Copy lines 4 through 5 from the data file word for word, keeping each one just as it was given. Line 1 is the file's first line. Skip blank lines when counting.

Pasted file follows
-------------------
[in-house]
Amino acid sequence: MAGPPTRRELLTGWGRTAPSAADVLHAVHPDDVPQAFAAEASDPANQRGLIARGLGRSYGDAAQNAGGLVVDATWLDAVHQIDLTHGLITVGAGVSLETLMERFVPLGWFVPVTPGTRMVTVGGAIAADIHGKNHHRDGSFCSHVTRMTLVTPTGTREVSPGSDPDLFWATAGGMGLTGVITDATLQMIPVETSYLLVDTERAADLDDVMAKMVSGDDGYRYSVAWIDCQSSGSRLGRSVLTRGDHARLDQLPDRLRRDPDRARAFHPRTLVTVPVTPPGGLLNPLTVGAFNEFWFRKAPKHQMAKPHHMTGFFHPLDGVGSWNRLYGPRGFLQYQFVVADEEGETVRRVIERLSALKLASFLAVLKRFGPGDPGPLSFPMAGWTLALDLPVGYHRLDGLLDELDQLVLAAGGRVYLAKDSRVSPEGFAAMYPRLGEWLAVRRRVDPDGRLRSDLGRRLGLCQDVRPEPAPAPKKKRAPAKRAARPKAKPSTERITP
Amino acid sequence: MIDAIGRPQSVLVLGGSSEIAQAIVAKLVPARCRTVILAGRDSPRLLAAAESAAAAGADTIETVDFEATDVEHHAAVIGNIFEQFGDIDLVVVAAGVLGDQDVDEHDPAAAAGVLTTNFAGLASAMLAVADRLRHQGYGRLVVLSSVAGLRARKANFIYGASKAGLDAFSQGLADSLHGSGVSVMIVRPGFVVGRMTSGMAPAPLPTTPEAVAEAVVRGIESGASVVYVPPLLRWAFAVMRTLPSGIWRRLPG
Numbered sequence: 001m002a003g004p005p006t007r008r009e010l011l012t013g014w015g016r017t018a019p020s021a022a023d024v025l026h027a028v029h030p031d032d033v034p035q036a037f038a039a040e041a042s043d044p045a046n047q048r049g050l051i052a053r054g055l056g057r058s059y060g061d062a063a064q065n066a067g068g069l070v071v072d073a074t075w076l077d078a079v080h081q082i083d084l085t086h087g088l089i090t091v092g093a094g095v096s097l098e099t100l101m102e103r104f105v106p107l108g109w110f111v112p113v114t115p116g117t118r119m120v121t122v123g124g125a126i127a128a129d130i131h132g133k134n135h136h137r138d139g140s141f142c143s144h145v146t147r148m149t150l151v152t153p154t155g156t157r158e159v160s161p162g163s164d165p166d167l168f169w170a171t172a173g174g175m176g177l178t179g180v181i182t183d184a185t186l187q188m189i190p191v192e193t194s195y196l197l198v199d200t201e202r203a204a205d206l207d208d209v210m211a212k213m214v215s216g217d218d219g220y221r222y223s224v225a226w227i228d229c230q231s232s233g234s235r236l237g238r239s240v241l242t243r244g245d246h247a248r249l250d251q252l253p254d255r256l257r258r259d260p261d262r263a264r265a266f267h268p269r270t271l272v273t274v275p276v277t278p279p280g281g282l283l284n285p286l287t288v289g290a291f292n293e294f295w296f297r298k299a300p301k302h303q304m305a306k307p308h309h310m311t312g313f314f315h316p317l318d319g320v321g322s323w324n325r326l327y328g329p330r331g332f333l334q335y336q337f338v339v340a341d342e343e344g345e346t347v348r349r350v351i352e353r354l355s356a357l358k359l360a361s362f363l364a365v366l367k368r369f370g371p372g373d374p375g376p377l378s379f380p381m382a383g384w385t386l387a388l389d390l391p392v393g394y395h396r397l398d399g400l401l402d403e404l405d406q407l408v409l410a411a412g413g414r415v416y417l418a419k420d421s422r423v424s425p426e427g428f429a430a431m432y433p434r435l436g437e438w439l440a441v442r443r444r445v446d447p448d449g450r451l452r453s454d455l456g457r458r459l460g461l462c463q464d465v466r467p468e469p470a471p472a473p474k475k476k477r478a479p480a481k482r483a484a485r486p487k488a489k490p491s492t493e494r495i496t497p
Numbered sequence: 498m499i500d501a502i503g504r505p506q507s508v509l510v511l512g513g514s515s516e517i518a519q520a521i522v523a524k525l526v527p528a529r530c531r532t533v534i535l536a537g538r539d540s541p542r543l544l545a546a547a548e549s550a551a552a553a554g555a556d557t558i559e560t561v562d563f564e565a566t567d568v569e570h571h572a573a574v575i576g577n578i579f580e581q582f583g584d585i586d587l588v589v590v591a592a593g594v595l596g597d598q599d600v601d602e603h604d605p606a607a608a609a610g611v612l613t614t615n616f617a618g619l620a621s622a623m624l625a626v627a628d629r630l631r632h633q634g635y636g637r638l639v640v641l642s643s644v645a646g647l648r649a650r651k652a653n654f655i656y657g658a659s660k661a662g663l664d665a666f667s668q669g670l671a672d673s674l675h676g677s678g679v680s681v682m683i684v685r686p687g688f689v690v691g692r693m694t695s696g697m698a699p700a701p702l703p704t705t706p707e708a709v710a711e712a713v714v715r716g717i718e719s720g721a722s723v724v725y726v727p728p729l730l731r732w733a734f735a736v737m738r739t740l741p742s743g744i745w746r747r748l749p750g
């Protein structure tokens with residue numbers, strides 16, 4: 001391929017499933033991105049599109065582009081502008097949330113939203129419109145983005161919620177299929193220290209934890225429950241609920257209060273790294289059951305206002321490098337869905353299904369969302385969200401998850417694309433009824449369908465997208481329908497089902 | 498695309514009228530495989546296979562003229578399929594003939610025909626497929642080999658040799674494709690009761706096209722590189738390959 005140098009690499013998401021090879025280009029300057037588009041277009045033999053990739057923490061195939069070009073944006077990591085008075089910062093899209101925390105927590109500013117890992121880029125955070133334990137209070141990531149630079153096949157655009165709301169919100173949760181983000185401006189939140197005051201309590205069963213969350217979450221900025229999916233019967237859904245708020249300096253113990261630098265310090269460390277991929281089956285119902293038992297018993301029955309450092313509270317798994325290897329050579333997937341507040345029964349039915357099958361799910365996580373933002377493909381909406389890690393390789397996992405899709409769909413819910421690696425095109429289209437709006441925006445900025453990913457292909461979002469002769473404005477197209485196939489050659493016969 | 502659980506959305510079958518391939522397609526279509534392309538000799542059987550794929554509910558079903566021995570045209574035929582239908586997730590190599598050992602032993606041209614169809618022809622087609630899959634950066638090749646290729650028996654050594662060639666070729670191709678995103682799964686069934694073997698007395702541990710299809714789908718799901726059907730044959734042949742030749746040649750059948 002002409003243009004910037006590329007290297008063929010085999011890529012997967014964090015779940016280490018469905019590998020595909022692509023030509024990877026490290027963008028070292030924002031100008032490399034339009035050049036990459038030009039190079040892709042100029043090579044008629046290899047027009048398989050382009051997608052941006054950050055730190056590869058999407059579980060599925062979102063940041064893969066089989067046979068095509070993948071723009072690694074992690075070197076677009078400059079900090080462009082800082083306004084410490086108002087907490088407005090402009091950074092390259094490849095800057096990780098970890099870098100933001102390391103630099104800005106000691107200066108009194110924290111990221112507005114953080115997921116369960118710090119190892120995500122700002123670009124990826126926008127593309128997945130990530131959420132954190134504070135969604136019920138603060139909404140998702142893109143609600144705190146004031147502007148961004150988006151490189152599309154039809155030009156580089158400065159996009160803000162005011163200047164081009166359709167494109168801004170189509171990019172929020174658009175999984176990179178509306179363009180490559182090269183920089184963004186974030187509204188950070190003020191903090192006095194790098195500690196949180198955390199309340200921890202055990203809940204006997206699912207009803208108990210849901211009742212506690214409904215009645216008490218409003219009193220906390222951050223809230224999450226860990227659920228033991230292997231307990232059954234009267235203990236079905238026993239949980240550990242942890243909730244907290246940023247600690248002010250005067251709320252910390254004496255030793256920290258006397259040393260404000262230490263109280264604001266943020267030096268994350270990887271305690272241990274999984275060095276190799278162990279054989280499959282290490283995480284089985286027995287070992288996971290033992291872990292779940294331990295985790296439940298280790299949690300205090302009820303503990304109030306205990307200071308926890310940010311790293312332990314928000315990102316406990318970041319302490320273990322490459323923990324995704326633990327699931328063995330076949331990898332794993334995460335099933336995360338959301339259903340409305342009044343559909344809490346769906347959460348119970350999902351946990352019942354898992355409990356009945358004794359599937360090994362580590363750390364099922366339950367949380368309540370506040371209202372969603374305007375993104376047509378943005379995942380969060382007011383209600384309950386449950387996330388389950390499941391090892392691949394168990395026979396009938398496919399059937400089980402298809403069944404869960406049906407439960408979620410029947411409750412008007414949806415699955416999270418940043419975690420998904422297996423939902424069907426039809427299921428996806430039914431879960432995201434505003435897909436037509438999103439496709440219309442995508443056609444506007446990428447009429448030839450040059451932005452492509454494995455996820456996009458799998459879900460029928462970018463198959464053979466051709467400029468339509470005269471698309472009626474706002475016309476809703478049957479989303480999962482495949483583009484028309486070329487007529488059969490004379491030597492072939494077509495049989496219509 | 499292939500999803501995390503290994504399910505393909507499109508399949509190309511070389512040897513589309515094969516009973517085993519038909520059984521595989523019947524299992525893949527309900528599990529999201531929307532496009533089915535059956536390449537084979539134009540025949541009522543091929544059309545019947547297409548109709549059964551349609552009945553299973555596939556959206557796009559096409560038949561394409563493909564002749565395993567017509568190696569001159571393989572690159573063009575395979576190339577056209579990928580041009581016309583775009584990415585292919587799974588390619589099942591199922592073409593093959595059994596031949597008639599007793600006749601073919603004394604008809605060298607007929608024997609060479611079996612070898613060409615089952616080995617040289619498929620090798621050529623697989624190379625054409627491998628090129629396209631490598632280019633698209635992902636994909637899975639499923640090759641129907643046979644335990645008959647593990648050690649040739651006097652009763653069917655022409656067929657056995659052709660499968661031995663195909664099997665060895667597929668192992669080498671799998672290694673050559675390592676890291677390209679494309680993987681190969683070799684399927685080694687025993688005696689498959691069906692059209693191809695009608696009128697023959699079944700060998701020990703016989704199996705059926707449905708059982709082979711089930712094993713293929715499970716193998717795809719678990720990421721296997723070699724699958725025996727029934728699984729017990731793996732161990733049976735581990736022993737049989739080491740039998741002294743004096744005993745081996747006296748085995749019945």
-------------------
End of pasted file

Numbered sequence: 001m002a003g004p005p006t007r008r009e010l011l012t013g014w015g016r017t018a019p020s021a022a023d024v025l026h027a028v029h030p031d032d033v034p035q036a037f038a039a040e041a042s043d044p045a046n047q048r049g050l051i052a053r054g055l056g057r058s059y060g061d062a063a064q065n066a067g068g069l070v071v072d073a074t075w076l077d078a079v080h081q082i083d084l085t086h087g088l089i090t091v092g093a094g095v096s097l098e099t100l101m102e103r104f105v106p107l108g109w110f111v112p113v114t115p116g117t118r119m120v121t122v123g124g125a126i127a128a129d130i131h132g133k134n135h136h137r138d139g140s141f142c143s144h145v146t147r148m149t150l151v152t153p154t155g156t157r158e159v160s161p162g163s164d165p166d167l168f169w170a171t172a173g174g175m176g177l178t179g180v181i182t183d184a185t186l187q188m189i190p191v192e193t194s195y196l197l198v199d200t201e202r203a204a205d206l207d208d209v210m211a212k213m214v215s216g217d218d219g220y221r222y223s224v225a226w227i228d229c230q231s232s233g234s235r236l237g238r239s240v241l242t243r244g245d246h247a248r249l250d251q252l253p254d255r256l257r258r259d260p261d262r263a264r265a266f267h268p269r270t271l272v273t274v275p276v277t278p279p280g281g282l283l284n285p286l287t288v289g290a291f292n293e294f295w296f297r298k299a300p301k302h303q304m305a306k307p308h309h310m311t312g313f314f315h316p317l318d319g320v321g322s323w324n325r326l327y328g329p330r331g332f333l334q335y336q337f338v339v340a341d342e343e344g345e346t347v348r349r350v351i352e353r354l355s356a357l358k359l360a361s362f363l364a365v366l367k368r369f370g371p372g373d374p375g376p377l378s379f380p381m382a383g384w385t386l387a388l389d390l391p392v393g394y395h396r397l398d399g400l401l402d403e404l405d406q407l408v409l410a411a412g413g414r415v416y417l418a419k420d421s422r423v424s425p426e427g428f429a430a431m432y433p434r435l436g437e438w439l440a441v442r443r444r445v446d447p448d449g450r451l452r453s454d455l456g457r458r459l460g461l462c463q464d465v466r467p468e469p470a471p472a473p474k475k476k477r478a479p480a481k482r483a484a485r486p487k488a489k490p491s492t493e494r495i496t497p
Numbered sequence: 498m499i500d501a502i503g504r505p506q507s508v509l510v511l512g513g514s515s516e517i518a519q520a521i522v523a524k525l526v527p528a529r530c531r532t533v534i535l536a537g538r539d540s541p542r543l544l545a546a547a548e549s550a551a552a553a554g555a556d557t558i559e560t561v562d563f564e565a566t567d568v569e570h571h572a573a574v575i576g577n578i579f580e581q582f583g584d585i586d587l588v589v590v591a592a593g594v595l596g597d598q599d600v601d602e603h604d605p606a607a608a609a610g611v612l613t614t615n616f617a618g619l620a621s622a623m624l625a626v627a628d629r630l631r632h633q634g635y636g637r638l639v640v641l642s643s644v645a646g647l648r649a650r651k652a653n654f655i656y657g658a659s660k661a662g663l664d665a666f667s668q669g670l671a672d673s674l675h676g677s678g679v680s681v682m683i684v685r686p687g688f689v690v691g692r693m694t695s696g697m698a699p700a701p702l703p704t705t706p707e708a709v710a711e712a713v714v715r716g717i718e719s720g721a722s723v724v725y726v727p728p729l730l731r732w733a734f735a736v737m738r739t740l741p742s743g744i745w746r747r748l749p750g